Last Friday, at Cherry Tree Hospital, working on our pilot ‘Patience project, we sat with a fantastic group of 9 older people all on the ‘Rehabilitation Ward’. We discussed what it feels like to live with pain, I found them to be inspirational in their attitudes, some had had a lifetime of pain, others living in retirement with it. Here are a few quotes:

“day by day, hope the next day will be a little bit better.”
“it’s a great thing when you can jump out of it, the body can be a prison sometimes”
“fight against it all the time, it will come never the less.”
“can’t move like I used to, must be something stopping me”
“hope and pray, they find a cure”
“tormenting irritation”
“best thing to try and think about other things, mind can conquer your body, can’t come easily though”
“got to make the most of what we’ve got”
“and hope the pain, next day is a little better, pills by the bucketful”
“it’d be like no end, there’d be no end to it, I’m on fire, I really feel it burns and hurts’
“an all over feeling, makes you depressed, you have to block it out”

we finished the session with a look at my collection of old medical tins, which everyone enjoyed, reminiscing about everything from Fennings Fever Cure, to Harrogate Iodised throat tablets, to permanganate of potash……pills by the bucketful!

Photo © Lois Blackburn 2008, for more please visit

Friday, 5 December 2008

Bring light towards you

A remarkable art project bringing together older Jewish people, Imperial War Museum North and the Morris Feinmann Home in Manchester will commemorate the holocaust in poems displayed at Piccadilly Railway Station, Manchester.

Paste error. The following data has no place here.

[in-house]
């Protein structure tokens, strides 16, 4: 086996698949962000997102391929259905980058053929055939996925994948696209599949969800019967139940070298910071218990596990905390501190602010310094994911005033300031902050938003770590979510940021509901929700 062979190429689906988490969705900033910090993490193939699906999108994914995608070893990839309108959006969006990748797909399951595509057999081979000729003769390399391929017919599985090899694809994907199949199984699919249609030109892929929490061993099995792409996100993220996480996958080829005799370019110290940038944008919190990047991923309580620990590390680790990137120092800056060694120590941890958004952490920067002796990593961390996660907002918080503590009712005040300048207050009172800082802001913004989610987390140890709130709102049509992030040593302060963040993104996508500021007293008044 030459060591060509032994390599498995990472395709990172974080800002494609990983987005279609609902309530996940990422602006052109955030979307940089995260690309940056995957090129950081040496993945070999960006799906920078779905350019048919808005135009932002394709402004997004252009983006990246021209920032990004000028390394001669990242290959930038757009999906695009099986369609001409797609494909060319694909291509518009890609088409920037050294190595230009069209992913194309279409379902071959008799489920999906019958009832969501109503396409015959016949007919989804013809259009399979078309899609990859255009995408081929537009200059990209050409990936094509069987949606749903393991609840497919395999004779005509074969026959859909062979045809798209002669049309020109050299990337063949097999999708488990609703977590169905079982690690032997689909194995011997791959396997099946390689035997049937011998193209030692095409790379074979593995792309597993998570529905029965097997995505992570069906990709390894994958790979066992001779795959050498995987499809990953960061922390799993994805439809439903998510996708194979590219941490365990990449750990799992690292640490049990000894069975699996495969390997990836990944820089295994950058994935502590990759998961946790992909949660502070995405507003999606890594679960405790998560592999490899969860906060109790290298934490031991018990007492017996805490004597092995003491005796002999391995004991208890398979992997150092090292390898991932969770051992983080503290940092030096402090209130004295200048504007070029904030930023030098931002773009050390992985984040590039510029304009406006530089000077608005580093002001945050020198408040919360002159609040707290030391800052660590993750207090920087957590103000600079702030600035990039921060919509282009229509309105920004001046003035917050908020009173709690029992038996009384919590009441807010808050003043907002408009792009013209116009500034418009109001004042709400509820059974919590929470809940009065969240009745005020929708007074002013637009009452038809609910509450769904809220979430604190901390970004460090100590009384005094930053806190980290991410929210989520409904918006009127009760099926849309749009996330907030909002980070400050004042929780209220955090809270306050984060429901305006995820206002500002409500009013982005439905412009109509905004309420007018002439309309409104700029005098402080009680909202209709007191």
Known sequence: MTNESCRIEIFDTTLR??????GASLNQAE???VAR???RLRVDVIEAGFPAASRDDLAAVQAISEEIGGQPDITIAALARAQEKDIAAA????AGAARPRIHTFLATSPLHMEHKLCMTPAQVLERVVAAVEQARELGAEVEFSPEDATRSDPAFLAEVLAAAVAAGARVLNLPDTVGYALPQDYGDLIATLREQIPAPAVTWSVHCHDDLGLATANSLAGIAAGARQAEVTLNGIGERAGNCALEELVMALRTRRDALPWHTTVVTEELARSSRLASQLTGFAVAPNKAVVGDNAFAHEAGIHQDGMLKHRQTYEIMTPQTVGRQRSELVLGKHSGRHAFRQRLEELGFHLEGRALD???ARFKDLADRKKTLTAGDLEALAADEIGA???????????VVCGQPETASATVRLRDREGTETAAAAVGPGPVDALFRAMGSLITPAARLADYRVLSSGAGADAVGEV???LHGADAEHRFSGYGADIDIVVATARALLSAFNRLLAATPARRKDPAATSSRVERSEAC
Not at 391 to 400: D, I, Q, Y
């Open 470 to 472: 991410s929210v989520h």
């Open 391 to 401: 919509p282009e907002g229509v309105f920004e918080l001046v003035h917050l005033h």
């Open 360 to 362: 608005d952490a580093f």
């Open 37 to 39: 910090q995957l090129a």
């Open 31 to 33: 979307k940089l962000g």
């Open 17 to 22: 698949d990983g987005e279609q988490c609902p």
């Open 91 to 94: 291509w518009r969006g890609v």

On Holocaust Memorial Day (27th January 2009) poetic texts created by the older people, many of whom are holocaust survivors, will be displayed in lights on the electronic billboard at Piccadilly Station, Manchester. The holocaust has often been linked to trains: millions of people, particularly Jews, were taken to concentration camps by train before being killed in the notorious nazi Final Solution during the Second World War. This artwork will give fragments from accounts of their journeys: to destruction and journeys of escape.

‘Kindness’ is one of many arts projects run by the arthur+martha organisation; artist Lois Blackburn and poet Philip Davenport have been working with older Jewish people living at The Morris Feinmann Home, Manchester, exploring issues in regard to the holocaust. John Collins from Imperial War Museum-North is part of the team, bringing objects and personal stories from the museum collection to discuss and prompt memories.

“This work is made up of family histories, experiences of displacement, refugee backgrounds and direct holocaust memories,” says Davenport. “We are interested in the bric-a-brac of people’s lives, the tiny moments, rather than the grand history. We called the project Kindness because some of these people experienced a terrible lack of kindness. And because they were persecuted for being a certain ‘kind’ of cultural group.”